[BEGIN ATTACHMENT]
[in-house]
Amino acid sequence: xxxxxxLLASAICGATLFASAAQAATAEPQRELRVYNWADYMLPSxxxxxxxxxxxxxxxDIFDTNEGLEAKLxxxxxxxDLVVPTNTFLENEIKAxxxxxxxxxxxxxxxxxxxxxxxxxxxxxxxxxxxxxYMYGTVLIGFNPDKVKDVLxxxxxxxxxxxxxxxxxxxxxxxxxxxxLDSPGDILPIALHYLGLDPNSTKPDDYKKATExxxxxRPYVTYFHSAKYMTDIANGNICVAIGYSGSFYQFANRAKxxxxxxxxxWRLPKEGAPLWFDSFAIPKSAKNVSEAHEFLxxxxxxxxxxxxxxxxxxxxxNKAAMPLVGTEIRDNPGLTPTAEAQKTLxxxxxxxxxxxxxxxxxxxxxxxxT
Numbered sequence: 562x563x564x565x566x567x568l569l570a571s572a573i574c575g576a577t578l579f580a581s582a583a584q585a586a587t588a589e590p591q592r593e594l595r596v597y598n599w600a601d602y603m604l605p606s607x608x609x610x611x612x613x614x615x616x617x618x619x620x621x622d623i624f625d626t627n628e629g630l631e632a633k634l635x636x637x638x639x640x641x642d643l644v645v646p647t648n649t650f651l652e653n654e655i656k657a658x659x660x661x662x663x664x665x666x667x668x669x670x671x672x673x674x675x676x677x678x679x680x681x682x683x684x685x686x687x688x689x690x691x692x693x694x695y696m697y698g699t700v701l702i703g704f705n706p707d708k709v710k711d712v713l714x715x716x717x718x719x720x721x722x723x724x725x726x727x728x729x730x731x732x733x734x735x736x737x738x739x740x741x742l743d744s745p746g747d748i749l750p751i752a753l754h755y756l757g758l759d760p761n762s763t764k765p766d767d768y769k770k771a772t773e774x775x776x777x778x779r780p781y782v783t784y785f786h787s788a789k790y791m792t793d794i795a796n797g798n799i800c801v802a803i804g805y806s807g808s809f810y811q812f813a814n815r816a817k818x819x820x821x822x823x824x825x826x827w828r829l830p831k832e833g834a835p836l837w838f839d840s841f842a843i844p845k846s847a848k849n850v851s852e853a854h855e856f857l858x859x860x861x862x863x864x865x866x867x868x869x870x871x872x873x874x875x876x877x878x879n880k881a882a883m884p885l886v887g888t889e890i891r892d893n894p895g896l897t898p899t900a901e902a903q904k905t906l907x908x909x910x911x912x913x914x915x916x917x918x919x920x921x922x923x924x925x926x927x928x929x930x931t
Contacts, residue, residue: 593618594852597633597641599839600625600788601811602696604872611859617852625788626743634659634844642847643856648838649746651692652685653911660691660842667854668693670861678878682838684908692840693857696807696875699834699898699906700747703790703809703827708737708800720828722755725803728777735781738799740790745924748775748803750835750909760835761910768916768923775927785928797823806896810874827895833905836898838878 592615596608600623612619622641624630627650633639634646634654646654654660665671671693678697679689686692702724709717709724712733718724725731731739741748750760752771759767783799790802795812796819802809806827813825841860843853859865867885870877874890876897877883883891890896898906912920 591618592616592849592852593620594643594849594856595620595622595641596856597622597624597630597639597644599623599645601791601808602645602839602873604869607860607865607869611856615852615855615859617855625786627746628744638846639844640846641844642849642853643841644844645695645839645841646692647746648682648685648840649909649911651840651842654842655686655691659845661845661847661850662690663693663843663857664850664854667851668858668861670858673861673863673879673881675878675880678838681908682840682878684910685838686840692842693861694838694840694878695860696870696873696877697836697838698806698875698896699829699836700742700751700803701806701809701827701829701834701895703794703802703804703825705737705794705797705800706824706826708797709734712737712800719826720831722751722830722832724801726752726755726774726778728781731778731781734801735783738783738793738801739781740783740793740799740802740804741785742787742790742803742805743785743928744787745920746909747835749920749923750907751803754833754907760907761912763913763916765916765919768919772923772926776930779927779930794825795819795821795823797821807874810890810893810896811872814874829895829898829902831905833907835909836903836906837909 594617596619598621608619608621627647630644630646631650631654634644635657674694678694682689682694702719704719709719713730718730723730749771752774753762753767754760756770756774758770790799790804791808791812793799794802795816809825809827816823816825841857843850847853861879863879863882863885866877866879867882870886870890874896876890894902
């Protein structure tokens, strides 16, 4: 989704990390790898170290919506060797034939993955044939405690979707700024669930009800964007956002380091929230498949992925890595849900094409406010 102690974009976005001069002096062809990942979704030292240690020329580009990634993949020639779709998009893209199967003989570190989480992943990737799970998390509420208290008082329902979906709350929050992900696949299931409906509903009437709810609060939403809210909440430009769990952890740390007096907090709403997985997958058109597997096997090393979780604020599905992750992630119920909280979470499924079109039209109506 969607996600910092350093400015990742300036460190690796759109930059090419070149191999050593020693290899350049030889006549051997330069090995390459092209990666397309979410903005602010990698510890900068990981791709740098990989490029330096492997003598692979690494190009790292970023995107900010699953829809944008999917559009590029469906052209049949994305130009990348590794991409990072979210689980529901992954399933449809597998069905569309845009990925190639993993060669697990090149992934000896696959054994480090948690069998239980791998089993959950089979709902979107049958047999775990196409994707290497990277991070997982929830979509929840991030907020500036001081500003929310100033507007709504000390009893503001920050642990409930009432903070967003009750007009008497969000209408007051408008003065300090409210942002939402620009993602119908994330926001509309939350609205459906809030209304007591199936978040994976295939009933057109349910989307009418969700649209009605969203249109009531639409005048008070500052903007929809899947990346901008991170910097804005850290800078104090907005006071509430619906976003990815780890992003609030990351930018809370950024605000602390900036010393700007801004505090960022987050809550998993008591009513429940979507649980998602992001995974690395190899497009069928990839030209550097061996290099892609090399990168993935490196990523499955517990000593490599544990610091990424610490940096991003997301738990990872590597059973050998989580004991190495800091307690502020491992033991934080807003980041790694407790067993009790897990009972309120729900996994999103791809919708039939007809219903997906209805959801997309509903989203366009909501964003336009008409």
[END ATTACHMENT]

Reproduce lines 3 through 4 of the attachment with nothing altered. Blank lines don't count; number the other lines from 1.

Numbered sequence: 562x563x564x565x566x567x568l569l570a571s572a573i574c575g576a577t578l579f580a581s582a583a584q585a586a587t588a589e590p591q592r593e594l595r596v597y598n599w600a601d602y603m604l605p606s607x608x609x610x611x612x613x614x615x616x617x618x619x620x621x622d623i624f625d626t627n628e629g630l631e632a633k634l635x636x637x638x639x640x641x642d643l644v645v646p647t648n649t650f651l652e653n654e655i656k657a658x659x660x661x662x663x664x665x666x667x668x669x670x671x672x673x674x675x676x677x678x679x680x681x682x683x684x685x686x687x688x689x690x691x692x693x694x695y696m697y698g699t700v701l702i703g704f705n706p707d708k709v710k711d712v713l714x715x716x717x718x719x720x721x722x723x724x725x726x727x728x729x730x731x732x733x734x735x736x737x738x739x740x741x742l743d744s745p746g747d748i749l750p751i752a753l754h755y756l757g758l759d760p761n762s763t764k765p766d767d768y769k770k771a772t773e774x775x776x777x778x779r780p781y782v783t784y785f786h787s788a789k790y791m792t793d794i795a796n797g798n799i800c801v802a803i804g805y806s807g808s809f810y811q812f813a814n815r816a817k818x819x820x821x822x823x824x825x826x827w828r829l830p831k832e833g834a835p836l837w838f839d840s841f842a843i844p845k846s847a848k849n850v851s852e853a854h855e856f857l858x859x860x861x862x863x864x865x866x867x868x869x870x871x872x873x874x875x876x877x878x879n880k881a882a883m884p885l886v887g888t889e890i891r892d893n894p895g896l897t898p899t900a901e902a903q904k905t906l907x908x909x910x911x912x913x914x915x916x917x918x919x920x921x922x923x924x925x926x927x928x929x930x931t
Contacts, residue, residue: 593618594852597633597641599839600625600788601811602696604872611859617852625788626743634659634844642847643856648838649746651692652685653911660691660842667854668693670861678878682838684908692840693857696807696875699834699898699906700747703790703809703827708737708800720828722755725803728777735781738799740790745924748775748803750835750909760835761910768916768923775927785928797823806896810874827895833905836898838878 592615596608600623612619622641624630627650633639634646634654646654654660665671671693678697679689686692702724709717709724712733718724725731731739741748750760752771759767783799790802795812796819802809806827813825841860843853859865867885870877874890876897877883883891890896898906912920 591618592616592849592852593620594643594849594856595620595622595641596856597622597624597630597639597644599623599645601791601808602645602839602873604869607860607865607869611856615852615855615859617855625786627746628744638846639844640846641844642849642853643841644844645695645839645841646692647746648682648685648840649909649911651840651842654842655686655691659845661845661847661850662690663693663843663857664850664854667851668858668861670858673861673863673879673881675878675880678838681908682840682878684910685838686840692842693861694838694840694878695860696870696873696877697836697838698806698875698896699829699836700742700751700803701806701809701827701829701834701895703794703802703804703825705737705794705797705800706824706826708797709734712737712800719826720831722751722830722832724801726752726755726774726778728781731778731781734801735783738783738793738801739781740783740793740799740802740804741785742787742790742803742805743785743928744787745920746909747835749920749923750907751803754833754907760907761912763913763916765916765919768919772923772926776930779927779930794825795819795821795823797821807874810890810893810896811872814874829895829898829902831905833907835909836903836906837909 594617596619598621608619608621627647630644630646631650631654634644635657674694678694682689682694702719704719709719713730718730723730749771752774753762753767754760756770756774758770790799790804791808791812793799794802795816809825809827816823816825841857843850847853861879863879863882863885866877866879867882870886870890874896876890894902